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Wake Up To Politics - February 21, 2018

I'm Gabe Fleisher, reporting live from WUTP World HQ in my bedroom. It’s Wednesday, February 21, 2018. 258 days until Election Day 2018. 986 days until Election Day 2020. Have comments, questions, suggestions, or tips? Email me at gabe@wakeuptopolitics.com. Tell your friends to sign up to receive the newsletter in their inbox at wakeuptopolitics.com/subscribe!

Breaking news: Rev. Billy Graham died of natural causes at his home in North Carolina, a spokesperson announced this morning. He was 99 years old. The famed TV evangelist was known as the "Pastor to Presidents," providing spiritual counsel to every Commander-in-Chief since Harry Truman.

Need to Know

Trump moves to ban "bump stocks"

President Donald Trump signed a memorandum Tuesday directing Attorney General Jeff Sessions to "as expeditiously as possible" propose regulations banning "bumps stocks and similar "devices that turn legal weapons into machine guns."

The device was used by the gunman who killed 58 people at a music festival in Las Vegas last October to convert his semiautomatic weapon into an automatic weapon. Although no such device was used by the shooter in Parkland, Florida last week, the move comes amid heightened clamoring for action on gun control following that shooting, a movement led by the student survivors.

"I expect that these critical regulations will be finalized, Jeff, very soon," President Trump said to his Attorney General at an event on Tuesday. He added: "We must do more to protect our children."

At her daily briefing, White House press secretary Sarah Sanders signaled that Trump is open to other measures as well. I know background checks are something that the President is supportive of making more efficient and looking at better ways to improve that process," she said. Sanders also told reporters that instituting an age limit for purchasing an AR-15 is "on the table" (the Florida gunman bought one at age 18), and didn't close the door when asked if Trump would endorse an assault weapons ban.

According to Axios, he has told associates "that he doesn’t think high school kids should be able to buy guns, and is open to the idea of imposing a minimum purchase age of 21 for guns like those used in the Florida high school massacre." The report said that while conversations have been "open-ended so far," Trump is inclined to act, and "the images on TV" of students speaking up have impacted him. "Whether we are Republican or Democrat, we must now focus on strengthening Background Checks!" the President tweeted on Tuesday.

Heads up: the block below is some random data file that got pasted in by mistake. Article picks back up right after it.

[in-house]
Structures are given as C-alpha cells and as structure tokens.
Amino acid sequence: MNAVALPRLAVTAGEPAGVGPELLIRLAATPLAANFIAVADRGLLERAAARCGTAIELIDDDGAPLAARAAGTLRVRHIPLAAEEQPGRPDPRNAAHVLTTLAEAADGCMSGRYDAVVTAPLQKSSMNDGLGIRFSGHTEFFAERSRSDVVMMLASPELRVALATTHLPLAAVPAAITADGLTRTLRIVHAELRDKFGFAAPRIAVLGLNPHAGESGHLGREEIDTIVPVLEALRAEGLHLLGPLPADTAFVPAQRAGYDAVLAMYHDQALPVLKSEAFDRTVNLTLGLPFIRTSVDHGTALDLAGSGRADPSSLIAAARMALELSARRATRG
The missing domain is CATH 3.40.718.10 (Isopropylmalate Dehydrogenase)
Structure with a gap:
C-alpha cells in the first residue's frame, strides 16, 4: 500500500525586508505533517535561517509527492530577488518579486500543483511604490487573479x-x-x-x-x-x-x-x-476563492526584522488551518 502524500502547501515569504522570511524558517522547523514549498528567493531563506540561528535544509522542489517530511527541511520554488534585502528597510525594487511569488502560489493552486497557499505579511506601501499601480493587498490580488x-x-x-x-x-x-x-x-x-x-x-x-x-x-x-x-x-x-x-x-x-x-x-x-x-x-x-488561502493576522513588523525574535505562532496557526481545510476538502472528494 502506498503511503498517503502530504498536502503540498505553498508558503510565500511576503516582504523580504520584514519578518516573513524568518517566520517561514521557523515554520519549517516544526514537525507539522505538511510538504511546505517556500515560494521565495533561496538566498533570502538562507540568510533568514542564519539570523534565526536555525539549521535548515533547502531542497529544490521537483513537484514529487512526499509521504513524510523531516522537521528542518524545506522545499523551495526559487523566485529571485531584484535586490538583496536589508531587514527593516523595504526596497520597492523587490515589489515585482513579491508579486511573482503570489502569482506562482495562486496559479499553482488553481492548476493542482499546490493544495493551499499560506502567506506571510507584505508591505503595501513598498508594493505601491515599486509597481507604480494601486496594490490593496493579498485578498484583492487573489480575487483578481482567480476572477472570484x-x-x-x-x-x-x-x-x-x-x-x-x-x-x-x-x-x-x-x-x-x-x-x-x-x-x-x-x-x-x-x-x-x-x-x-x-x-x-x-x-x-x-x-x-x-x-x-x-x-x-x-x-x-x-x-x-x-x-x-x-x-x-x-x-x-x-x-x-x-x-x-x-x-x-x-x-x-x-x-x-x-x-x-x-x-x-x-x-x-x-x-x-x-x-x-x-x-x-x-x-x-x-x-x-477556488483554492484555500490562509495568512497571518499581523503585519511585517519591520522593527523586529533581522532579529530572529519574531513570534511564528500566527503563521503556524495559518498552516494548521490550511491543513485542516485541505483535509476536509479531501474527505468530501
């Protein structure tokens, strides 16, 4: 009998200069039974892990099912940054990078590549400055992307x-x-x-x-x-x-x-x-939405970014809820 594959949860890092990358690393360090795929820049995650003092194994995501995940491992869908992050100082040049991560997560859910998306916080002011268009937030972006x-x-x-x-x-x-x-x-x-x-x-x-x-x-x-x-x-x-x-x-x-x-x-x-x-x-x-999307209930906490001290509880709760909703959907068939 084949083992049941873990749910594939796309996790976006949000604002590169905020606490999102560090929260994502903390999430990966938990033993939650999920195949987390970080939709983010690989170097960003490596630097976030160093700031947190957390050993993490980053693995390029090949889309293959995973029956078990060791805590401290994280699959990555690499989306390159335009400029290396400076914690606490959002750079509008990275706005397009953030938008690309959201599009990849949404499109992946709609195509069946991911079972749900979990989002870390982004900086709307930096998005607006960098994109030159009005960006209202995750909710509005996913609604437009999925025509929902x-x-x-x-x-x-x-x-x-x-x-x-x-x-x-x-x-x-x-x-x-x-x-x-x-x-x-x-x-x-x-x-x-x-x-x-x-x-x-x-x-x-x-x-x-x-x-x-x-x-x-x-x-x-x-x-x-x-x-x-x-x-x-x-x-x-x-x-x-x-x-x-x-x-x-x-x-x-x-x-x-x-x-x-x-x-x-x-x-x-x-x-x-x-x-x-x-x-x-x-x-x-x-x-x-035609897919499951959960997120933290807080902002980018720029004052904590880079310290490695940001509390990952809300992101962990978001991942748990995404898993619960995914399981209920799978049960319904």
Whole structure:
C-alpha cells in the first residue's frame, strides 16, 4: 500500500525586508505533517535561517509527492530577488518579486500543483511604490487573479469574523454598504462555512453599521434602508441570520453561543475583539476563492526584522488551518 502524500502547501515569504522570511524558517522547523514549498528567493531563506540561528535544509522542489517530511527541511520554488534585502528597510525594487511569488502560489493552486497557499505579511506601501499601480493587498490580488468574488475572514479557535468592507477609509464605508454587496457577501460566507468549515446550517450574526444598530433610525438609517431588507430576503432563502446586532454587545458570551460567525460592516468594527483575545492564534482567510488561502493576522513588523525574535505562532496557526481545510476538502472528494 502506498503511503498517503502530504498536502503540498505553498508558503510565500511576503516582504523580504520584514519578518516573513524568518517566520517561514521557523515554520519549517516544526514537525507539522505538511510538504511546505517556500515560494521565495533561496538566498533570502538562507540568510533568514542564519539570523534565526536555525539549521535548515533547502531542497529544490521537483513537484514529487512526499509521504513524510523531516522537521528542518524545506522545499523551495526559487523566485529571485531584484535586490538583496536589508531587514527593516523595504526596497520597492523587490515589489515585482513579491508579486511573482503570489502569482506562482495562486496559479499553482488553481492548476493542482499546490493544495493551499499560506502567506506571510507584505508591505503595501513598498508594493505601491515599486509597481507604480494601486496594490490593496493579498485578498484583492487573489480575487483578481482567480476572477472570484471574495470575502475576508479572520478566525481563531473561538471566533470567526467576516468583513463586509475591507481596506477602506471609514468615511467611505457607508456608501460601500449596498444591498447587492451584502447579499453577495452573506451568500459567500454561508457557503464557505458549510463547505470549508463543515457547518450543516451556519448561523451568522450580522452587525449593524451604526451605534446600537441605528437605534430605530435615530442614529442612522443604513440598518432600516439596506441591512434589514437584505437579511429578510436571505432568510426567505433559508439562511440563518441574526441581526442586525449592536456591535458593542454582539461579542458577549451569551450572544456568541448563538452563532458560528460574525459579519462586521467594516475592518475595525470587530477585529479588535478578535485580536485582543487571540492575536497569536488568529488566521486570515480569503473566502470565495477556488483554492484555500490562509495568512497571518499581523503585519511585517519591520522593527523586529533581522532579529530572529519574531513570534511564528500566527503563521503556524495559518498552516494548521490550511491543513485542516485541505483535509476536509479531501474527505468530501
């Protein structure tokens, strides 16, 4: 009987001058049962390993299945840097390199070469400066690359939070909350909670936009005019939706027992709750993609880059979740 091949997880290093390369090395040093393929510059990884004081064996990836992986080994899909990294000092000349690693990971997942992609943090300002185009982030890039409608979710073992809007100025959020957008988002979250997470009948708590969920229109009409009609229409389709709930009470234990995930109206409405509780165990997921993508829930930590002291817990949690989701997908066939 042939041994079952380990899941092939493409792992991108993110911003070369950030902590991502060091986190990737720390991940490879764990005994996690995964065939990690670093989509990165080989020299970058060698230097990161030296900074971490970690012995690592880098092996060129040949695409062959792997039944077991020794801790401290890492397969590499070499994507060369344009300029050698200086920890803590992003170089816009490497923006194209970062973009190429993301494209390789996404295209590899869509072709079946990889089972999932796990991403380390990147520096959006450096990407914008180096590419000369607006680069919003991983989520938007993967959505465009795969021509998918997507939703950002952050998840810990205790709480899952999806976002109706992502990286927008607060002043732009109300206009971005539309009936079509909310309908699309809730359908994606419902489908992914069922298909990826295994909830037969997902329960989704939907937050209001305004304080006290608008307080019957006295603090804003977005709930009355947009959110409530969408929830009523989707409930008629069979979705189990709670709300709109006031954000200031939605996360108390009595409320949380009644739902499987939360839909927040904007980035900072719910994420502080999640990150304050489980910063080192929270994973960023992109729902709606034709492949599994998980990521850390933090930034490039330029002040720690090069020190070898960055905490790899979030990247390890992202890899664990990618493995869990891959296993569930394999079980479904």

Some Administration officials were "taken aback" by the memorandum on "bump stocks," and "wondered privately whether Trump simply wanted to blunt accusations that he wasn’t acting decisively," Politico reported.

The President will continue the conversation on gun control today at a listening session with high school students, parents, and teachers which will include survivors of Parkland and other school shootings. He will then discuss school safety with state and local law enforcement officials on Thursday, as well as sitting down with the nation's governors later this week. Sanders said Trump will then "bring all those conversations together and look for the best path forward, and make sure we’re doing everything we can within every capacity from a state, local, and federal level to make sure incidences like this don’t happen again."

"We're working very hard," the President said Tuesday. "We're going to come up with solutions."

--- View from Capitol Hill: As Democratic and Republican lawmakers call for a renewed push on gun control amid pressure from the Parkland students, Sen. Pat Toomey (R-PA) told the Washington Post that he plans to introduce legislation to expand background checks in the coming weeks. "It does feel like we have a shot at getting a little bit of momentum on background checks,” he said. “We’re going to take a swing at that and I’m hoping we’ll be able to do it.” Toomey co-sponsored a background checks bill with Sen. Joe Manchin (D-WV) in 2013; it failed to reach the needed 60-vote threshold, 54-46.

--- View from Tallahassee: The Florida state House voted 36-71 to reject a motion to consider a ban on AR-15 rifles and other semiautomatic weapons like the one used in Parkland, as students from Marjory Stoneman Douglas High School watched from the gallery.

--- View from Parkland: BuzzFeed reports from inside the HQ that Stoneman Douglas students have set up inside one of their parents' living rooms to organize a nationwide movement.

--- Public opinion: 97% of Americans support universal background checks, according to a Quinnipiac poll released Tuesday. 83% support a mandatory waiting period for all gun purchases. 67% support a nationwide ban on the sale of assault weapons. 66% support "stricter gun laws."

--- Also today: CNN is hosting a town hall, "Stand Up: The Students of Stoneman Douglas Demand Action," at 9pm. The event will be moderated by Jake Tapper and offer students, parents, community members, and NRA officials an opportunity to speak with Sens. Marco Rubio (R-FL) and Bill Nelson (D-FL) and Rep. Ted Deutch (D-FL). President Trump and Gov. Rick Scott (R-FL) declined invitations to attend.